Captain Marvel is the first Marvel movie to feature a female lead. It’s been a long time coming but it’s definitely worth it.
One of the more interesting aspects of Captain Marvel is that the title character actually gets two origins – one for her Kree warrior, Vers (rhymes with fierce), and one for the titular cosmic superhero.
We’ll get to that in a moment, but first, let’s look at an aspect of several Marvel movies – the ability to Say Stuff without, for a moment, sacrificing the kind of fun we expect to have watching a superhero movie.
Just by existing, Captain Marvel puts women at the forefront: from the titular character and her best Terran friend to the co-director and two co-writers; from the various crafts people to the film’s composer (Pinar Toprak), women play a huge role in the making of the film.
In what might seem like a throwaway line, Maria Rambeau (Lashana Lynch) notes that she and Carol Danvers work as test pilots because ‘they don’t let women fly combat missions,’ Captain Marvel takes a stand: nobody will ever tell Captain Marvel she can’t fly a combat mission again – and, for a film set in 1995, that’s a big deal.
The film also makes the point that an invention sought by the oh so masculine Yon-Rogg on behalf of the Kree Empire was invented by a woman – and that the A.I. Supreme Intelligence appears to Vers as a woman (an important person in her life, if she could only remember).
So, there’s stuff being said throughout – just in a way that flies just enough under the radar that the film’s overriding mission – to provide a fun moviegoing experience – is not compromised.
Another intriguing aspect about Captain Marvel is that it opens on Hala the Kree homeworld – where Vers (Brie Larson) is being trained to be a warrior by the aforementioned Yon-Rogg (Jude Law).
His/the Kree philosophy is that emotions get in the way of warriors being their best selves.
This leads to Vers’ first encounter with the Supreme Intelligence (Annette Bening) and being assigned her first mission – to rescue a Kree spy from a world held by Skrulls – the shapeshifting aliens with whom the Kree are at war.
This leads to Vers learning she has even more power than originally thought – the source of which is revealed at a key point in the film and helps discover who she really is.
Once Vers gets to Earth (crashing through the roof of a Blockbuster video store – and having a fatal confrontation with a promotional standee), Captain Marvel shifts into high gear by bringing in S.H.I.E.L.D.
Enter Agents Nicholas Joseph Fury (Samuel L. Jackson) and Phil Coulson (Clark Gregg) – CGI de-aged so well that it’s not at all distracting once we get past the initial shock.
Here, we learn Vers’ origin – and Captain Marvel’s.
The Skrulls – a very popular set of Marvel bad guys – are omnipresent: Fury has a very unexpected encounter with not one by two! One of them his boss, an Agent Keller aka General Talos (Ben Mendelsohn) – who definitely seems to be up to no good.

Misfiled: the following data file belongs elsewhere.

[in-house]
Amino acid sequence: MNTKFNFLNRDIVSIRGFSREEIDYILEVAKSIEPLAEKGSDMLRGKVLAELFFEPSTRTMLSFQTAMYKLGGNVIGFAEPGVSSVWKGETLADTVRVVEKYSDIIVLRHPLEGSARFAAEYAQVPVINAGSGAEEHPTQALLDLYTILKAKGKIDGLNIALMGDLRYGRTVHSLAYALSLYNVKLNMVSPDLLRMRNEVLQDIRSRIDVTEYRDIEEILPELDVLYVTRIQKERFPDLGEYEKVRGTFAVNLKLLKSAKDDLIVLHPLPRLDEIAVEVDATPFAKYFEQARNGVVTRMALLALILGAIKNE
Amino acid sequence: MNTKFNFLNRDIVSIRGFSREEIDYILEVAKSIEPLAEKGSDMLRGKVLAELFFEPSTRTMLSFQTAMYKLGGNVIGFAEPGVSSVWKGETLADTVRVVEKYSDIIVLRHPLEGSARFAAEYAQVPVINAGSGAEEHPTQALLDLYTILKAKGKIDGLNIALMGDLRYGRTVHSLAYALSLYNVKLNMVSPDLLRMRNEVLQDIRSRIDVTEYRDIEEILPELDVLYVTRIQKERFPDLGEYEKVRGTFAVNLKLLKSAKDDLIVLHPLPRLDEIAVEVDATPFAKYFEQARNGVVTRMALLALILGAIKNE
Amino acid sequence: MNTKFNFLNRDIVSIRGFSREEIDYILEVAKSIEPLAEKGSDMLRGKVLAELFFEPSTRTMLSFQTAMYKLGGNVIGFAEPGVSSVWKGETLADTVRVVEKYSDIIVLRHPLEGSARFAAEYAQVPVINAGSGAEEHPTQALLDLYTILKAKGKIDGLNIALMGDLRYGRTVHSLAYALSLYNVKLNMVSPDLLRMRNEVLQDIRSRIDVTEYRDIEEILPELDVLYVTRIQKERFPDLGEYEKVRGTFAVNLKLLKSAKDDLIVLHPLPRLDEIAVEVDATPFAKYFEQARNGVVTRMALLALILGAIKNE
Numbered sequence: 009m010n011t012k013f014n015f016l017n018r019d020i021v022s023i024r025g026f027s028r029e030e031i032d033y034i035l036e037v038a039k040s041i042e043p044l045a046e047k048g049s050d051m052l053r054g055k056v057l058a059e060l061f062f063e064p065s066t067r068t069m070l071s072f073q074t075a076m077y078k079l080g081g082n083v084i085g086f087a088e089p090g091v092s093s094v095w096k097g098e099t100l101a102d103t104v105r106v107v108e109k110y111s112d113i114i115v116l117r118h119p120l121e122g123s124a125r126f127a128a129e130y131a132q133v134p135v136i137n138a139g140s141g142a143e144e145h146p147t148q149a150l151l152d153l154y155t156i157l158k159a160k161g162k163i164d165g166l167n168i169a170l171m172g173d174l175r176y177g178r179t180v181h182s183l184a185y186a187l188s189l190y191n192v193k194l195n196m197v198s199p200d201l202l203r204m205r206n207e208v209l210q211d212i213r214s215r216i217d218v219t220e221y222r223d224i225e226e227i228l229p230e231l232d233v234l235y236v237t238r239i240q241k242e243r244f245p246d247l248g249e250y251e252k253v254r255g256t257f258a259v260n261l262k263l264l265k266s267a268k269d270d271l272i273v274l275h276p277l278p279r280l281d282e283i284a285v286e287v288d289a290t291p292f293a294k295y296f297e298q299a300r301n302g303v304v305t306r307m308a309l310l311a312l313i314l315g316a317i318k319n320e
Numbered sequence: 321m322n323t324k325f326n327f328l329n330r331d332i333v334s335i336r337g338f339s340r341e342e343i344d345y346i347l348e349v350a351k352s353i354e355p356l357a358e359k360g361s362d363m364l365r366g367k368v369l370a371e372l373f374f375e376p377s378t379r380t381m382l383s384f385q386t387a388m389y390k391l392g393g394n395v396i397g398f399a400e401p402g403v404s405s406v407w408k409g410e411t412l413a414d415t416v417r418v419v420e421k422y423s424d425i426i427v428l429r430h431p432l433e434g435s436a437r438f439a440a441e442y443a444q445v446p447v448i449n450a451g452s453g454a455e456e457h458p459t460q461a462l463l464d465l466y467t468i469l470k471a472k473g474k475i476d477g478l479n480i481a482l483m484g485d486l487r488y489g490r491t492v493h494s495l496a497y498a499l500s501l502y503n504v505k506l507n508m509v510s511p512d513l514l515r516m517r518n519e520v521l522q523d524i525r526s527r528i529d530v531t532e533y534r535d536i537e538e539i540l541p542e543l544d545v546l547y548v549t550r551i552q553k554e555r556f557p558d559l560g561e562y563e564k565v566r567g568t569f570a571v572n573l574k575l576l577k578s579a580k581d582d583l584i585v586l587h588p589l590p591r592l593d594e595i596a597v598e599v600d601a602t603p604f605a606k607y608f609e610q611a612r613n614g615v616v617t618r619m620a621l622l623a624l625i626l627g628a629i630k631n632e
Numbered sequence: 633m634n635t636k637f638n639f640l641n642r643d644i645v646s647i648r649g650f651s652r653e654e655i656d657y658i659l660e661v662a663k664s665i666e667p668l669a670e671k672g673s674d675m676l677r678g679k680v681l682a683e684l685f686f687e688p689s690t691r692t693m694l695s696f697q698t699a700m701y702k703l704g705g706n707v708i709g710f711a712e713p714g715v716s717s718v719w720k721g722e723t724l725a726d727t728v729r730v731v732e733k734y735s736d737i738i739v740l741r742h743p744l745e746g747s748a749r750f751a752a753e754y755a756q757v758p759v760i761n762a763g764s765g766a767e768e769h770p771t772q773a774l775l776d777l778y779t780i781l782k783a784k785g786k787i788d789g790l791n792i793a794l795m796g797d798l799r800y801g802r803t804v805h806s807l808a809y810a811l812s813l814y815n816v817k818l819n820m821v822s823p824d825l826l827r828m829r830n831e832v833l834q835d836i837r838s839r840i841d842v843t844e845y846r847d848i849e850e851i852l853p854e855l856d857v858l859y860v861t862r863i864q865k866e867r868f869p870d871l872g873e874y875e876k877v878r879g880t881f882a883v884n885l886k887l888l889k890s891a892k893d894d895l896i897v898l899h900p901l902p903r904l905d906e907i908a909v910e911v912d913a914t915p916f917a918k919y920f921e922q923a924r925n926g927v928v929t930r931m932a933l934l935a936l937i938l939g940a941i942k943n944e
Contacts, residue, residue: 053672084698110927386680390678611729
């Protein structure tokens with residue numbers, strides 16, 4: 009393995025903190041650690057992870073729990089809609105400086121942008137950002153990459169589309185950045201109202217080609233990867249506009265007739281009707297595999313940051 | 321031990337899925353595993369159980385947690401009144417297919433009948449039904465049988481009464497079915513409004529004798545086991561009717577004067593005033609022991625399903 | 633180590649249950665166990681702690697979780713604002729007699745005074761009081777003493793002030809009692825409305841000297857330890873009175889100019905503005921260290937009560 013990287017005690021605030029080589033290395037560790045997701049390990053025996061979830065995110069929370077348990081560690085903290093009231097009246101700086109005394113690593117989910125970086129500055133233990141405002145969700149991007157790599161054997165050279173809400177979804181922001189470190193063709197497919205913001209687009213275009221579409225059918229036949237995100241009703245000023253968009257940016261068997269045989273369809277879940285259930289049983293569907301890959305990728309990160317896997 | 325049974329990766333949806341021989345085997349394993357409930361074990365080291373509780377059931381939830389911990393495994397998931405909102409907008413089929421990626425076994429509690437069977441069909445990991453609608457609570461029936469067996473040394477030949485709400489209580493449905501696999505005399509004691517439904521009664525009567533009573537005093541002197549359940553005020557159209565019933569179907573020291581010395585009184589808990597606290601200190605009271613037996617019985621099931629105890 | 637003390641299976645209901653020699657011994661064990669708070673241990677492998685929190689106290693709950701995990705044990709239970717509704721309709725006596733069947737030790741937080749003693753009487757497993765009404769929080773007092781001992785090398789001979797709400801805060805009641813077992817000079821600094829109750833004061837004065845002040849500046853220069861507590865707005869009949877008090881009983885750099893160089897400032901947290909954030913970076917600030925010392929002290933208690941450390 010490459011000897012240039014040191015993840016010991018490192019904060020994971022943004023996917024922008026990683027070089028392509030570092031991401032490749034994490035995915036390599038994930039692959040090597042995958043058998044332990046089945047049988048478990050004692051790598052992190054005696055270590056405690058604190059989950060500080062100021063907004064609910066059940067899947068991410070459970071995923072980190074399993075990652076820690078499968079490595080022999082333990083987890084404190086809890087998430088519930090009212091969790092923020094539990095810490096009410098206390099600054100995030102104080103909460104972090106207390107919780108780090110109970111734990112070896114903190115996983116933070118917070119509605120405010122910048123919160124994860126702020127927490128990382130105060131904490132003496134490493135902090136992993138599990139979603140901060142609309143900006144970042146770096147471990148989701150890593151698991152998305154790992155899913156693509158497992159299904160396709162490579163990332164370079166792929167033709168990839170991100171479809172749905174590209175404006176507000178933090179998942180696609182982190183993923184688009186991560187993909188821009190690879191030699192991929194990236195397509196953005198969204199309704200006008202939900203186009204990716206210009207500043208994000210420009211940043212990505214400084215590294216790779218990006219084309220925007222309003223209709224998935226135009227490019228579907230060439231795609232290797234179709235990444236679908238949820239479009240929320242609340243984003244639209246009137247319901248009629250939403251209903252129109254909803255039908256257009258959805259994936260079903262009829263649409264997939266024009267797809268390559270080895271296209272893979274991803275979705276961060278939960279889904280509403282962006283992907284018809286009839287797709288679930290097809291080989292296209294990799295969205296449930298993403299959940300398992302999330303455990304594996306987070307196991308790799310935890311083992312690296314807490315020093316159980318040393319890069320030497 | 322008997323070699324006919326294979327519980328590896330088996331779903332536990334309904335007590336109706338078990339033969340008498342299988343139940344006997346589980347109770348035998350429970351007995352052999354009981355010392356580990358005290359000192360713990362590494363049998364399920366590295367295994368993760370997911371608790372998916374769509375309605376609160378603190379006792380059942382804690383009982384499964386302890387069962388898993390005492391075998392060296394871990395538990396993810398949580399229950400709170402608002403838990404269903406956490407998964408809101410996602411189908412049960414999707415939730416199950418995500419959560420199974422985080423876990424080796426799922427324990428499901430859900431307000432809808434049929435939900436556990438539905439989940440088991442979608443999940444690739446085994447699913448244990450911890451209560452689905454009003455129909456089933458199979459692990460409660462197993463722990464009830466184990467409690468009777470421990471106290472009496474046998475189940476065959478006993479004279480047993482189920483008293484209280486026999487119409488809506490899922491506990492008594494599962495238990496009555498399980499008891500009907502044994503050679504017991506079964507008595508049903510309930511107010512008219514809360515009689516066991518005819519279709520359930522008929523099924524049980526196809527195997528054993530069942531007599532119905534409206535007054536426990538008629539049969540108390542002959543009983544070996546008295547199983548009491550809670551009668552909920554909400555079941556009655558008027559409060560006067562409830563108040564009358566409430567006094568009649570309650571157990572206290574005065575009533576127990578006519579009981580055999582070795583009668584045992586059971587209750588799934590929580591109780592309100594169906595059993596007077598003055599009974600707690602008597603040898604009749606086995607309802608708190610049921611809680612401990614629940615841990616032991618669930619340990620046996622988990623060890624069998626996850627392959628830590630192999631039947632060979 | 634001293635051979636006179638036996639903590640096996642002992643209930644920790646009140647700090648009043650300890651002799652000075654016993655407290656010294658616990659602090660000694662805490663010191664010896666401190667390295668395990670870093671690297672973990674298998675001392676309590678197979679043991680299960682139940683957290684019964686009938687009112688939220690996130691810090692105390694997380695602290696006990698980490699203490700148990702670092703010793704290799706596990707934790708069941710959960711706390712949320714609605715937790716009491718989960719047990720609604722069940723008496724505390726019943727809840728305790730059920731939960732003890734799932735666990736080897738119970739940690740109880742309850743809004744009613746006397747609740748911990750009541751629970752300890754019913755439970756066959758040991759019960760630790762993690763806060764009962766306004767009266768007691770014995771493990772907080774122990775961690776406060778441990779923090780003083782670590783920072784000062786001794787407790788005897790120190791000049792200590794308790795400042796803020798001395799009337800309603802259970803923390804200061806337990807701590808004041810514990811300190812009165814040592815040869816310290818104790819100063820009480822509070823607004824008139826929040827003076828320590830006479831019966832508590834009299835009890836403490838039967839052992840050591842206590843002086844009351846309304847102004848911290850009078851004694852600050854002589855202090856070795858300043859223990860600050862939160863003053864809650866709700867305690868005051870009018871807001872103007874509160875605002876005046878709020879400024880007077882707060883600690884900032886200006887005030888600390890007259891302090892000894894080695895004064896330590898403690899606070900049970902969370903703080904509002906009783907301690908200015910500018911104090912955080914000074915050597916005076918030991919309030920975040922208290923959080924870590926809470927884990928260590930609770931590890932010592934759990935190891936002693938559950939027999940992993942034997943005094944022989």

We also miss the film’s top scene stealer (sorry, Mr. Mendelsohn), Goose – a drop dead cute cat with an unusual presence.
Of course, because this is a movie, Captain Marvel also has to tie in with Avengers: Infinity Wars and Avengers: End Game (yes, we learn how Fury got that souped up pager).
Captain Marvel is near as joyful as Wonder Woman or as complicated as Avengers: Infinity War, but it is surprisingly witty and provides Marvel’s greatest cosmic hero with a suitably complex background.
The wonders of technology department: even a few years ago Marvel couldn’t have hoped to do the Skrulls justice. Today, the lizard green aliens with ridged jaws and pointy ears look so natural, they look like they could step off the screen and into the real world without any problem (the sparking of riots of terrified Terrans aside).
It’s perhaps fitting that the Skrulls seem to be more developed than the Kree – they’ve been around a lot longer (first appearing in Fantastic Four #2 way back in 1962).
There are moments when Captain Marvel revels in comic book goofiness – the scene in which Carol Danvers creates her suit’s new look, for example – and reminds us that the primary purpose of this (and any) superhero movie is to provide a fun experience.
There are moments of deadly seriousness, too – war is never to be taken lightly, f’rinstance – but there are also moments of wit that come out of nowhere (the best of a very good lot actually comes in the film’s second tag, at the very end of the closing credits).
Directors Anna Boden and Ryan Fleck (who also co-wrote with Geneva Robertson-Dworet) have taken their knack for small scale character study and peculiar situations and brought a unique intimacy to Captain Marvel – the most cosmic character in Marvel’s current pantheon of heroes.
Go see this movie. You will not regret it.
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